The ground-breaking facility will produce eco-friendly hydrogen from water through a process powered by renewable energy.
The facility will also store and distribute the gas to the local region, including whisky distilleries, as well as exporting to the rest of Scotland, other parts of the UK and even Europe.
The report has identified a number of sites around the firth that are deemed suitable to host the 35MW green electrolyser plant, which will be the largest of its kind in the UK.
One of the key factors in the area’s favour is the large regional concentration of renewable energy resources nearby, with a substantial capacity from existing onshore and offshore wind farms plus future offshore development planned.
These would be able to supply the volume of clean electricity needed to run the plant.
Another plus is significant existing infrastructure already in place around the Cromarty Firth, with an experienced local supply chain and strong links to industry, transport and heat networks.
The analysis endorses green hydrogen as a sustainable, safe, long-term energy solution that is vital for operations that cannot decarbonise through renewable electricity alone.
It proposes a phased development for the facility, beginning with installation of the electrolyser by 2024 to meet local and distillery demands and to demonstrate effectiveness of the technology at commercial scale.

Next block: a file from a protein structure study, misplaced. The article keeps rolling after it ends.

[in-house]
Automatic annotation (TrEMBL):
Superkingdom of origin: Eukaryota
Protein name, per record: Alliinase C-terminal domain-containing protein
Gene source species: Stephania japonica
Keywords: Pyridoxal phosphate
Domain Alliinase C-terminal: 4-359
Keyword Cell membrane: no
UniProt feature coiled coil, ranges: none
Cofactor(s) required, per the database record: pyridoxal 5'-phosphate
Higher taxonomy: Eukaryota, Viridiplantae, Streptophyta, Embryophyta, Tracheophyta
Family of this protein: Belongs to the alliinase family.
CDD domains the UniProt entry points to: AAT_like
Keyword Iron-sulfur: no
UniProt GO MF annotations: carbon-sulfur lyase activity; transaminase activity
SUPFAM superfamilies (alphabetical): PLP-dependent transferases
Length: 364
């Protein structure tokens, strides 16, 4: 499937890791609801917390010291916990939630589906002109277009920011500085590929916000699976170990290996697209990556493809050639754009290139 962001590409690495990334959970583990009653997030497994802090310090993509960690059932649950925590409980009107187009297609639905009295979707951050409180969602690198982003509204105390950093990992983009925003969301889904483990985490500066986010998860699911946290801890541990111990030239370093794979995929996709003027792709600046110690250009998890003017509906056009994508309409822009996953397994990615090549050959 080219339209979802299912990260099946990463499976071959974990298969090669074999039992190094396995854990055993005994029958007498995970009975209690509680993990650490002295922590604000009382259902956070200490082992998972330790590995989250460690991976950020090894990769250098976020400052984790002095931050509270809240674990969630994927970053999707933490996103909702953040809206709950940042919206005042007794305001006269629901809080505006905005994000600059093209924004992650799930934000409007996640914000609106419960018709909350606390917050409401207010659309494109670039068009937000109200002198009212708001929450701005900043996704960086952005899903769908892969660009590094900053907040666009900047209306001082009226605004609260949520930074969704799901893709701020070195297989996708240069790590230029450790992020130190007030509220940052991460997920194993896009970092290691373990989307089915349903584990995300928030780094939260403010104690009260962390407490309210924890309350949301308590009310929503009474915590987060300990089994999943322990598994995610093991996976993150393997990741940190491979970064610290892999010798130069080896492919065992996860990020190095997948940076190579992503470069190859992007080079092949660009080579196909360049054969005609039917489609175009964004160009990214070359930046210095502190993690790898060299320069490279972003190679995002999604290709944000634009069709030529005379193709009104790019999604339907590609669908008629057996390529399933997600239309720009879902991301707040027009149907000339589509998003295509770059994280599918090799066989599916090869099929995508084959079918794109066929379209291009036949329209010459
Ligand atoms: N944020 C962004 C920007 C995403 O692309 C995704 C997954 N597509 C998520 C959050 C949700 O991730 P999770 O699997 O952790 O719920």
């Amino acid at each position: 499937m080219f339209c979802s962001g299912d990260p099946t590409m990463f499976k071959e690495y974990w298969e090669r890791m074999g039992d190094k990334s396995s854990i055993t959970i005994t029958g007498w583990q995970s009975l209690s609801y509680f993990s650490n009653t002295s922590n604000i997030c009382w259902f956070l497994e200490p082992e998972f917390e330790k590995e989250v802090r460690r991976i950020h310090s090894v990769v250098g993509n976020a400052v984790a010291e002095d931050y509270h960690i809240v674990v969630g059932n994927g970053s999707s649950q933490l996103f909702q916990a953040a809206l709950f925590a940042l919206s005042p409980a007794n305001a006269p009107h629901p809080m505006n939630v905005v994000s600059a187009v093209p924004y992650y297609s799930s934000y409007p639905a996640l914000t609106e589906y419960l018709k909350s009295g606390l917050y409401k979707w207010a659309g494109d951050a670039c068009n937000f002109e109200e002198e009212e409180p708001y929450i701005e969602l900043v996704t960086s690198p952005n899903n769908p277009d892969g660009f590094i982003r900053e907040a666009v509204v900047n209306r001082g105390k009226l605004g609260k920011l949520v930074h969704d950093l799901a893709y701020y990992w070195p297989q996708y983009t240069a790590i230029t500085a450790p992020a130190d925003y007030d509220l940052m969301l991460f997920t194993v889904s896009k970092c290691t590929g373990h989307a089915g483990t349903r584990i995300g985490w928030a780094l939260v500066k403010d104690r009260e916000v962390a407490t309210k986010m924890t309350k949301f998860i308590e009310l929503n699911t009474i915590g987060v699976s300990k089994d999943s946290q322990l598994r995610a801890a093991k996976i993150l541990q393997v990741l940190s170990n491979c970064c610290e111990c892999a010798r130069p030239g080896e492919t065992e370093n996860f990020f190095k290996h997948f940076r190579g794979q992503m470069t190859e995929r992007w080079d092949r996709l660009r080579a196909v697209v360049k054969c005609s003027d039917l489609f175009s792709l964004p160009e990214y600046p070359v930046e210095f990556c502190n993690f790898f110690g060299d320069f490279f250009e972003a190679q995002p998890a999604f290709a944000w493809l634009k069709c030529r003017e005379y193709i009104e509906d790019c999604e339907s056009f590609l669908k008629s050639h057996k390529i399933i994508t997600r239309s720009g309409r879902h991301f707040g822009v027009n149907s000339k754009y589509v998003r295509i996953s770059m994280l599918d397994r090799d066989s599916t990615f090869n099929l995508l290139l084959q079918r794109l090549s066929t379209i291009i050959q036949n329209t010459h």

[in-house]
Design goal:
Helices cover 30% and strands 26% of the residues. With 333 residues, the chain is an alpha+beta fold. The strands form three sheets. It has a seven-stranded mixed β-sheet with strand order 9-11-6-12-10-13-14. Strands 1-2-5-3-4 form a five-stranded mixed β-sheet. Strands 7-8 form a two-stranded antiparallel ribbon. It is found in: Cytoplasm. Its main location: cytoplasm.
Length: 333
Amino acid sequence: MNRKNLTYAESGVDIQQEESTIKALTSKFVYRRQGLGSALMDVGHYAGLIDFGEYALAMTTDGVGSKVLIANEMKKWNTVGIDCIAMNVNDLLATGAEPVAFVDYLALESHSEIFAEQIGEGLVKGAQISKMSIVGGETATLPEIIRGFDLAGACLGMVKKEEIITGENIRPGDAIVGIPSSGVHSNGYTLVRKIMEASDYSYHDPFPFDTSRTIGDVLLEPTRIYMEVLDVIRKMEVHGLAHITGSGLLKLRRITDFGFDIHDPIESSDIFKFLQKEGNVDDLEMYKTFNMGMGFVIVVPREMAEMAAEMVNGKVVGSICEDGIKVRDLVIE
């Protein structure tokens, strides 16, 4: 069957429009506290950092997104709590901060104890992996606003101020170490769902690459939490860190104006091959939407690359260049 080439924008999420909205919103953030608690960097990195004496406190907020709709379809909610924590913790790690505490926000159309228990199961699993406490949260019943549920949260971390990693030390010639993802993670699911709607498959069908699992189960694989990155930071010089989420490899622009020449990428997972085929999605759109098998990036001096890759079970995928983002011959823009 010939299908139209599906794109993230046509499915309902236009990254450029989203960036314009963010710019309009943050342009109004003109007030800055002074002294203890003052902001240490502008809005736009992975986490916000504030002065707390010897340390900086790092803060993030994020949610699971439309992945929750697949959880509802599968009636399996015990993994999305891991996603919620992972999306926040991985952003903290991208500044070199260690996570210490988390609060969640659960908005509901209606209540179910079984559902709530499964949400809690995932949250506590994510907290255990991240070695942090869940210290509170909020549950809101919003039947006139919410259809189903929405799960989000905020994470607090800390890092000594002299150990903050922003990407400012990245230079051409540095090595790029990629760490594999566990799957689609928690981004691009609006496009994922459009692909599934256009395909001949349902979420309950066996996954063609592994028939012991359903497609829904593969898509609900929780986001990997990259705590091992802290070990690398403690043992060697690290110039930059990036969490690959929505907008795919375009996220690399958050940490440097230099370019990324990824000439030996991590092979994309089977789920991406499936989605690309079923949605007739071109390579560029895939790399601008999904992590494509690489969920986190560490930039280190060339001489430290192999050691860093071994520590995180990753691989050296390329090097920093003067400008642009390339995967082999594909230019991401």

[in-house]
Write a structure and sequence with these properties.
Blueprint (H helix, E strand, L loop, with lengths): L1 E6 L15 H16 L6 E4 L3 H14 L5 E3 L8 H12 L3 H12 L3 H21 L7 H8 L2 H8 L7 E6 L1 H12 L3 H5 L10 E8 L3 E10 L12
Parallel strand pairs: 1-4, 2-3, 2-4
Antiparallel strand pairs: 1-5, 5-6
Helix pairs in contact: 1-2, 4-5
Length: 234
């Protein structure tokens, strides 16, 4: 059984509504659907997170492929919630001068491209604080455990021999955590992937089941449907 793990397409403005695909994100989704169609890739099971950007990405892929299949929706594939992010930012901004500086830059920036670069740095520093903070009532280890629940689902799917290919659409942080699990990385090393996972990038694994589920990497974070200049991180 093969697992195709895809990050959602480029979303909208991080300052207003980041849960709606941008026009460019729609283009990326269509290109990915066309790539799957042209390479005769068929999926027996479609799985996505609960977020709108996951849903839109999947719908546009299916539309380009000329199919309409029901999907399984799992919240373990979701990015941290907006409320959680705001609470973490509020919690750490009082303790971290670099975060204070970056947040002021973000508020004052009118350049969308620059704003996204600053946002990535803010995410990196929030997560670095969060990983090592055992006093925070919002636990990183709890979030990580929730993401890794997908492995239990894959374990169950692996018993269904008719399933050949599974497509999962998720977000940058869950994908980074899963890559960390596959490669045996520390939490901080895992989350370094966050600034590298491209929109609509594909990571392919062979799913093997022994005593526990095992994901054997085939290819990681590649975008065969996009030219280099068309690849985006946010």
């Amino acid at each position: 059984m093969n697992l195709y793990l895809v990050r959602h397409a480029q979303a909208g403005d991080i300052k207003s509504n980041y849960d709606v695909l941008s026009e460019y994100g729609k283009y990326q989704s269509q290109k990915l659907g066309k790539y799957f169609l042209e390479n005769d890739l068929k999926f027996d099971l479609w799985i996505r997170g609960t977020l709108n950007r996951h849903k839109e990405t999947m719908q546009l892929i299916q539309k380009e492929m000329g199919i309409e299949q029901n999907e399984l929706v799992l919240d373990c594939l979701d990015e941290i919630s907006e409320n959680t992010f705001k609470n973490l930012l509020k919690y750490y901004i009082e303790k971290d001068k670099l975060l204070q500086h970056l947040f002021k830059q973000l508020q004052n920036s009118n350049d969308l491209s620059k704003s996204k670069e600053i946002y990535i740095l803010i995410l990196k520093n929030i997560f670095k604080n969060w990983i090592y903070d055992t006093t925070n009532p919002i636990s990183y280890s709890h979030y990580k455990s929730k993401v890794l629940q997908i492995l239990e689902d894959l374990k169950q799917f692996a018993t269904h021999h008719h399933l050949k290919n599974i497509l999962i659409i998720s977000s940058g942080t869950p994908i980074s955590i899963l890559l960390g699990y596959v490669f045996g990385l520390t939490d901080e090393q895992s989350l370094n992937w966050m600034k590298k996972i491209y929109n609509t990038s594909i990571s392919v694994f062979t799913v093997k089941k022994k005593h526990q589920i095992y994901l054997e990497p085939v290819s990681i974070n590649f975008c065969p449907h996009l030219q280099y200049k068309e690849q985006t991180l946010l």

A second phase would involve expansion of green hydrogen to meet growing energy demands nationally and internationally.
Following the feasibility study success, the project will now move into its next stage of development – including detailed engineering, community engagement and commercial discussions – ahead of a final investment decision by 2023.
The North of Scotland Hydrogen Programme is a multi-partner project involving the Port of Cromarty Firth, ScottishPower, Pale Blue Dot Energy, drinks giants Glenmorangie, Whyte & Mackay and Diageo and other businesses.
Bob Buskie, chief executive of the Port of Cromarty Firth, said: “This is fantastic news for both the Cromarty Firth and for the country’s ambitions to become a leading hydrogen nation, with targets for Scotland to generate 5GW of renewable and low-carbon hydrogen by 2030 – enough to power the equivalent of 1.8 million homes.
“Phase one of the electrolyser could be up and running and the first hydrogen produced by 2024, in what will be one of the biggest electrolysers in the UK.
“Such a facility will be a game-changer, not only for industries across the Highlands and Scotland, but also for the UK and internationally as we will be able to export green hydrogen to energy markets around the globe.”
The Highland hydrogen hub will be an “industry-leading” project, according to Barry Carruthers, hydrogen director at ScottishPower.
He said: “We’re in a climate emergency and so we have to focus on zero-emission technologies - green hydrogen offers the long-term, sustainable, zero emission solution for industries, sectors and businesses that cannot be supported by renewable electricity alone.
“With only months to go until COP26, one of the most important climate summits, we’re showing what can be achieved when industry collaborates in order to tackle climate change.”